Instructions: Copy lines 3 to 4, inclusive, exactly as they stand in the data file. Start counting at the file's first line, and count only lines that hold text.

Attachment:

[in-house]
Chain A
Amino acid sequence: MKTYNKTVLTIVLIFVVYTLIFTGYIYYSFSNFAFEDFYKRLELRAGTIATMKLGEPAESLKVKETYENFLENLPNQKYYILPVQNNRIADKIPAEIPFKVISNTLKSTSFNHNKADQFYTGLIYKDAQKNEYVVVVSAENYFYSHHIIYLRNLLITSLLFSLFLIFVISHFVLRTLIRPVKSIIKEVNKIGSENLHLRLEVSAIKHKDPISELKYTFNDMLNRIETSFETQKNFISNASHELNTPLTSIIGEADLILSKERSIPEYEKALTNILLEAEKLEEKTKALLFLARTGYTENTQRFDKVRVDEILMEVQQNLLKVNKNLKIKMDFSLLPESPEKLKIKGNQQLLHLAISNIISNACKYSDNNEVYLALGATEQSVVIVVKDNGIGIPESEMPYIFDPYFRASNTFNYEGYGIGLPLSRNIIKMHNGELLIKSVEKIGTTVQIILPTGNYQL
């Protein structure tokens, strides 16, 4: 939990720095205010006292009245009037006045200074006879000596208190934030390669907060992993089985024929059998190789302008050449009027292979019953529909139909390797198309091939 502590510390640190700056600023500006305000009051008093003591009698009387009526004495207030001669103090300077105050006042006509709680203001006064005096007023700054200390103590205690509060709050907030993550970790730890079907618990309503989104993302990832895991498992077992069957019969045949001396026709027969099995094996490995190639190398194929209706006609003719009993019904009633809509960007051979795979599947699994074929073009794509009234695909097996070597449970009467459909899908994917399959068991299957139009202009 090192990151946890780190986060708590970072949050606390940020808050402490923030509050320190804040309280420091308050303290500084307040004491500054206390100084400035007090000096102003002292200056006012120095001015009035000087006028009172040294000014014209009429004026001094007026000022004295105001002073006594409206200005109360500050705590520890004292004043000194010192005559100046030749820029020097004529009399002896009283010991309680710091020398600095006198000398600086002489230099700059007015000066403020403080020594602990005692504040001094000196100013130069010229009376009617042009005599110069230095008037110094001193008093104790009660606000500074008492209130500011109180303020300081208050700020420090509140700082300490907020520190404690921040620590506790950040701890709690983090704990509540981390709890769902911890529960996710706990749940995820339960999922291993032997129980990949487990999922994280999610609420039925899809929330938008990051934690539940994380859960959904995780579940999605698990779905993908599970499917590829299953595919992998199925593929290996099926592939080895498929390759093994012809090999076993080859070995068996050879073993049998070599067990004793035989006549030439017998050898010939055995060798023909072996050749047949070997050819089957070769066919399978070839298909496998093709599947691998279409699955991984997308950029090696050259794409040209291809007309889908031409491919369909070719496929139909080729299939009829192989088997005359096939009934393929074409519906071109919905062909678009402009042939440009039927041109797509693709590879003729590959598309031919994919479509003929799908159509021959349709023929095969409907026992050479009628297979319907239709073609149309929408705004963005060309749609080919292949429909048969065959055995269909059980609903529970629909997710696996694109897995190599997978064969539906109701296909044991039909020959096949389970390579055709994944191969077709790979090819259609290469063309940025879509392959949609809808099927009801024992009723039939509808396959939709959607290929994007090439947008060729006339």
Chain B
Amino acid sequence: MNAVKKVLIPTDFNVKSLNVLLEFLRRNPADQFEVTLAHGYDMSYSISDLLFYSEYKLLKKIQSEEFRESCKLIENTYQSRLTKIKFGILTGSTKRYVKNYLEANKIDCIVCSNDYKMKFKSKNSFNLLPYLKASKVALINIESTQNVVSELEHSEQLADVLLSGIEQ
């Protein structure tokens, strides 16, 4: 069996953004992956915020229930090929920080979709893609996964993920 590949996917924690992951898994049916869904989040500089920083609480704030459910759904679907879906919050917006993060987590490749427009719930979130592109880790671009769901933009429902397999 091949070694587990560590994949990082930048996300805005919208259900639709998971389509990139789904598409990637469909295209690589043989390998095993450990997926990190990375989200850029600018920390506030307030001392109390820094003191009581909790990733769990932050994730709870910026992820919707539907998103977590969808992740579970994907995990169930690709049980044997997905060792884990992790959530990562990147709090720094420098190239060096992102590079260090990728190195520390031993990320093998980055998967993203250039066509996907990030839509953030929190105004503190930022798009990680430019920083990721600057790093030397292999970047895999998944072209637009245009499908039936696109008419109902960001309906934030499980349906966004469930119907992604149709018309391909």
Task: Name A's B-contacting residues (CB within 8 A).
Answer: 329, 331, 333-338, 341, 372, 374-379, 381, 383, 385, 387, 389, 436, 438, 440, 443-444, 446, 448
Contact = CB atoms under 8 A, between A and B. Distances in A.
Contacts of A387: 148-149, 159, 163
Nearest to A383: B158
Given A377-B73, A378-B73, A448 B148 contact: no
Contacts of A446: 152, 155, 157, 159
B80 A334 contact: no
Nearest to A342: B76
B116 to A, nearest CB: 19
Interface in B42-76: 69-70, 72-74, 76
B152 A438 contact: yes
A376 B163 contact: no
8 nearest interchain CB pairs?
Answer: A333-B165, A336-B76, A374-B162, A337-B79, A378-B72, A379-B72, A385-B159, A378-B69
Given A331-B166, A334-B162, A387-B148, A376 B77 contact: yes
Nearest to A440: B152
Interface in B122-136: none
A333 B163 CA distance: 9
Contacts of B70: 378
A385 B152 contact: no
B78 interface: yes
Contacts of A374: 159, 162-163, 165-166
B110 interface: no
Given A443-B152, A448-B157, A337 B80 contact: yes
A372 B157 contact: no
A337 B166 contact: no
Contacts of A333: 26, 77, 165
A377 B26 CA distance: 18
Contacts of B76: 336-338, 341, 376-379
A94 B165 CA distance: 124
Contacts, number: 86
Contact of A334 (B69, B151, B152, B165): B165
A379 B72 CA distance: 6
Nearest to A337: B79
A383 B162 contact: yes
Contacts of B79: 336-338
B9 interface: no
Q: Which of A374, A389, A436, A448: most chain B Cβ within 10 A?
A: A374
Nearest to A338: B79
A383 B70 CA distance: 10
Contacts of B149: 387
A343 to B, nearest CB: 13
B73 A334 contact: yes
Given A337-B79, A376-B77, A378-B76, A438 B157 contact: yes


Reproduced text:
Amino acid sequence: MKTYNKTVLTIVLIFVVYTLIFTGYIYYSFSNFAFEDFYKRLELRAGTIATMKLGEPAESLKVKETYENFLENLPNQKYYILPVQNNRIADKIPAEIPFKVISNTLKSTSFNHNKADQFYTGLIYKDAQKNEYVVVVSAENYFYSHHIIYLRNLLITSLLFSLFLIFVISHFVLRTLIRPVKSIIKEVNKIGSENLHLRLEVSAIKHKDPISELKYTFNDMLNRIETSFETQKNFISNASHELNTPLTSIIGEADLILSKERSIPEYEKALTNILLEAEKLEEKTKALLFLARTGYTENTQRFDKVRVDEILMEVQQNLLKVNKNLKIKMDFSLLPESPEKLKIKGNQQLLHLAISNIISNACKYSDNNEVYLALGATEQSVVIVVKDNGIGIPESEMPYIFDPYFRASNTFNYEGYGIGLPLSRNIIKMHNGELLIKSVEKIGTTVQIILPTGNYQL
């Protein structure tokens, strides 16, 4: 939990720095205010006292009245009037006045200074006879000596208190934030390669907060992993089985024929059998190789302008050449009027292979019953529909139909390797198309091939 502590510390640190700056600023500006305000009051008093003591009698009387009526004495207030001669103090300077105050006042006509709680203001006064005096007023700054200390103590205690509060709050907030993550970790730890079907618990309503989104993302990832895991498992077992069957019969045949001396026709027969099995094996490995190639190398194929209706006609003719009993019904009633809509960007051979795979599947699994074929073009794509009234695909097996070597449970009467459909899908994917399959068991299957139009202009 090192990151946890780190986060708590970072949050606390940020808050402490923030509050320190804040309280420091308050303290500084307040004491500054206390100084400035007090000096102003002292200056006012120095001015009035000087006028009172040294000014014209009429004026001094007026000022004295105001002073006594409206200005109360500050705590520890004292004043000194010192005559100046030749820029020097004529009399002896009283010991309680710091020398600095006198000398600086002489230099700059007015000066403020403080020594602990005692504040001094000196100013130069010229009376009617042009005599110069230095008037110094001193008093104790009660606000500074008492209130500011109180303020300081208050700020420090509140700082300490907020520190404690921040620590506790950040701890709690983090704990509540981390709890769902911890529960996710706990749940995820339960999922291993032997129980990949487990999922994280999610609420039925899809929330938008990051934690539940994380859960959904995780579940999605698990779905993908599970499917590829299953595919992998199925593929290996099926592939080895498929390759093994012809090999076993080859070995068996050879073993049998070599067990004793035989006549030439017998050898010939055995060798023909072996050749047949070997050819089957070769066919399978070839298909496998093709599947691998279409699955991984997308950029090696050259794409040209291809007309889908031409491919369909070719496929139909080729299939009829192989088997005359096939009934393929074409519906071109919905062909678009402009042939440009039927041109797509693709590879003729590959598309031919994919479509003929799908159509021959349709023929095969409907026992050479009628297979319907239709073609149309929408705004963005060309749609080919292949429909048969065959055995269909059980609903529970629909997710696996694109897995190599997978064969539906109701296909044991039909020959096949389970390579055709994944191969077709790979090819259609290469063309940025879509392959949609809808099927009801024992009723039939509808396959939709959607290929994007090439947008060729006339």